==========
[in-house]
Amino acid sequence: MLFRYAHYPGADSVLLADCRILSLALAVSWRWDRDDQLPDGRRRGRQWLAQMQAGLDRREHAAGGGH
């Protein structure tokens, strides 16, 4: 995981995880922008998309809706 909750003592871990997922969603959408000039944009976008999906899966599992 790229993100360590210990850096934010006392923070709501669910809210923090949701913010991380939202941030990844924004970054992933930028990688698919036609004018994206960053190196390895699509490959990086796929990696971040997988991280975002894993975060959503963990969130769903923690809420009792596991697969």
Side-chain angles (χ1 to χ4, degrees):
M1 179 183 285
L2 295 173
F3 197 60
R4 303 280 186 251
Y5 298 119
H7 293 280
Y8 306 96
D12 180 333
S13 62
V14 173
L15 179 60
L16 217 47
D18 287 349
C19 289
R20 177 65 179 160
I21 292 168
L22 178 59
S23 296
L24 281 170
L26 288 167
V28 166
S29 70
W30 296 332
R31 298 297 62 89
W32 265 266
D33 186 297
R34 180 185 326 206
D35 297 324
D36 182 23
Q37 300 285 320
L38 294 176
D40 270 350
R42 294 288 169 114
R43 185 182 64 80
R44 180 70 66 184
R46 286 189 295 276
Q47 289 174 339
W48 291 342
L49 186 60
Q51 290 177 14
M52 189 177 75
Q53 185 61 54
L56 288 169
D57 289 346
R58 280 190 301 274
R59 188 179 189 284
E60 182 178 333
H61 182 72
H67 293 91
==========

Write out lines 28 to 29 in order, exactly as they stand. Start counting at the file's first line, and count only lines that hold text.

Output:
R31 298 297 62 89
W32 265 266